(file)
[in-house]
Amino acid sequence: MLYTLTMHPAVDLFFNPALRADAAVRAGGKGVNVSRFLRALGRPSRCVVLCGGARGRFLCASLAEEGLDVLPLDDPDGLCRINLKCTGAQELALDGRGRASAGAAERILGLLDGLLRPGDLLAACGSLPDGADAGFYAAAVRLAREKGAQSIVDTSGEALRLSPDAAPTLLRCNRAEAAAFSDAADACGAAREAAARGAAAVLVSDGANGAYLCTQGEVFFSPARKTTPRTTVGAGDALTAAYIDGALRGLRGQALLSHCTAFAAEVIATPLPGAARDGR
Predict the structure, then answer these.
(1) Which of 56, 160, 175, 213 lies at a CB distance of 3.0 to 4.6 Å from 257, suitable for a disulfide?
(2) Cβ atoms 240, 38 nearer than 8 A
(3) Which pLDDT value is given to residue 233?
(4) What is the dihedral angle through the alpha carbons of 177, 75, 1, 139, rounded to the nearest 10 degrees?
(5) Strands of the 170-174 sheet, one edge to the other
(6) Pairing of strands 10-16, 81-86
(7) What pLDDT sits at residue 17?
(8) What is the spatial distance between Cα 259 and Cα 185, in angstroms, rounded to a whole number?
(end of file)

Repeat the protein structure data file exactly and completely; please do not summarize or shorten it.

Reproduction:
[in-house]
Amino acid sequence: MLYTLTMHPAVDLFFNPALRADAAVRAGGKGVNVSRFLRALGRPSRCVVLCGGARGRFLCASLAEEGLDVLPLDDPDGLCRINLKCTGAQELALDGRGRASAGAAERILGLLDGLLRPGDLLAACGSLPDGADAGFYAAAVRLAREKGAQSIVDTSGEALRLSPDAAPTLLRCNRAEAAAFSDAADACGAAREAAARGAAAVLVSDGANGAYLCTQGEVFFSPARKTTPRTTVGAGDALTAAYIDGALRGLRGQALLSHCTAFAAEVIATPLPGAARDGR
Predict the structure, then answer these.
(1) Which of 56, 160, 175, 213 lies at a CB distance of 3.0 to 4.6 Å from 257, suitable for a disulfide?
(2) Cβ atoms 240, 38 nearer than 8 A
(3) Which pLDDT value is given to residue 233?
(4) What is the dihedral angle through the alpha carbons of 177, 75, 1, 139, rounded to the nearest 10 degrees?
(5) Strands of the 170-174 sheet, one edge to the other
(6) Pairing of strands 10-16, 81-86
(7) What pLDDT sits at residue 17?
(8) What is the spatial distance between Cα 259 and Cα 185, in angstroms, rounded to a whole number?